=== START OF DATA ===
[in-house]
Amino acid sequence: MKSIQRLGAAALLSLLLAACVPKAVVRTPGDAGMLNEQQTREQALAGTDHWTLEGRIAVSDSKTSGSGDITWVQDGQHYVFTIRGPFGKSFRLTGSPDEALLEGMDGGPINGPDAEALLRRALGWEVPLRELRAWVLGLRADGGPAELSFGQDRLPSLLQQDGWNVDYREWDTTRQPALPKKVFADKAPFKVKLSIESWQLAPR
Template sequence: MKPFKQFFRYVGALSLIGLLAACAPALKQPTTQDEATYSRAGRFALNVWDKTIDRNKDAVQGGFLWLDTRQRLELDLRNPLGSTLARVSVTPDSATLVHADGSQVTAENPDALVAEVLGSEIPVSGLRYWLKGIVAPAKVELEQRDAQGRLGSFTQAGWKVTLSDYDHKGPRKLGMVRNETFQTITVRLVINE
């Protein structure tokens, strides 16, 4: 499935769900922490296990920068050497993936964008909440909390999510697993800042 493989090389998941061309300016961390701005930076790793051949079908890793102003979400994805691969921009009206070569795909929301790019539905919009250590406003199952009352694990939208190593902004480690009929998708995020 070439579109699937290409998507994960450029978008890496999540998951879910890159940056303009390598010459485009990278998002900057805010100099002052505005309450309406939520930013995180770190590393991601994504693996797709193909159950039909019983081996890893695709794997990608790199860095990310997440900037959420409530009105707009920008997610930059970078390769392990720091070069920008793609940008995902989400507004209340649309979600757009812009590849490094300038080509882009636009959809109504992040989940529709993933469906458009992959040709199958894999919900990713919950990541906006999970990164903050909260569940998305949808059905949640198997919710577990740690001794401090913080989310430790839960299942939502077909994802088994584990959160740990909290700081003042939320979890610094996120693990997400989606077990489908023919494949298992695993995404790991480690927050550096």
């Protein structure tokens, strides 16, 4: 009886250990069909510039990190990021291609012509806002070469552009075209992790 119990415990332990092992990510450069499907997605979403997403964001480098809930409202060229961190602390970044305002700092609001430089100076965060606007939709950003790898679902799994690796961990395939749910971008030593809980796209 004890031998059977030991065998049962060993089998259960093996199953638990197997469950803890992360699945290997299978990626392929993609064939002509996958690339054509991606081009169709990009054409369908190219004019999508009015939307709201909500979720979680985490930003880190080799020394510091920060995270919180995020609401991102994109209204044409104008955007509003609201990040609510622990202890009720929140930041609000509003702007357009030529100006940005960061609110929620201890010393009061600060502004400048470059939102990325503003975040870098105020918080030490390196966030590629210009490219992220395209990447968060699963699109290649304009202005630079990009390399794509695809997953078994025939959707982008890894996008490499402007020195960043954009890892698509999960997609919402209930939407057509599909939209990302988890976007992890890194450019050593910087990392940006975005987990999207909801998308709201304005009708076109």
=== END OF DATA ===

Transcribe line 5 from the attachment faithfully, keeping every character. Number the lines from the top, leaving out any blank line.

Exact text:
């Protein structure tokens, strides 16, 4: 009886250990069909510039990190990021291609012509806002070469552009075209992790 119990415990332990092992990510450069499907997605979403997403964001480098809930409202060229961190602390970044305002700092609001430089100076965060606007939709950003790898679902799994690796961990395939749910971008030593809980796209 004890031998059977030991065998049962060993089998259960093996199953638990197997469950803890992360699945290997299978990626392929993609064939002509996958690339054509991606081009169709990009054409369908190219004019999508009015939307709201909500979720979680985490930003880190080799020394510091920060995270919180995020609401991102994109209204044409104008955007509003609201990040609510622990202890009720929140930041609000509003702007357009030529100006940005960061609110929620201890010393009061600060502004400048470059939102990325503003975040870098105020918080030490390196966030590629210009490219992220395209990447968060699963699109290649304009202005630079990009390399794509695809997953078994025939959707982008890894996008490499402007020195960043954009890892698509999960997609919402209930939407057509599909939209990302988890976007992890890194450019050593910087990392940006975005987990999207909801998308709201304005009708076109």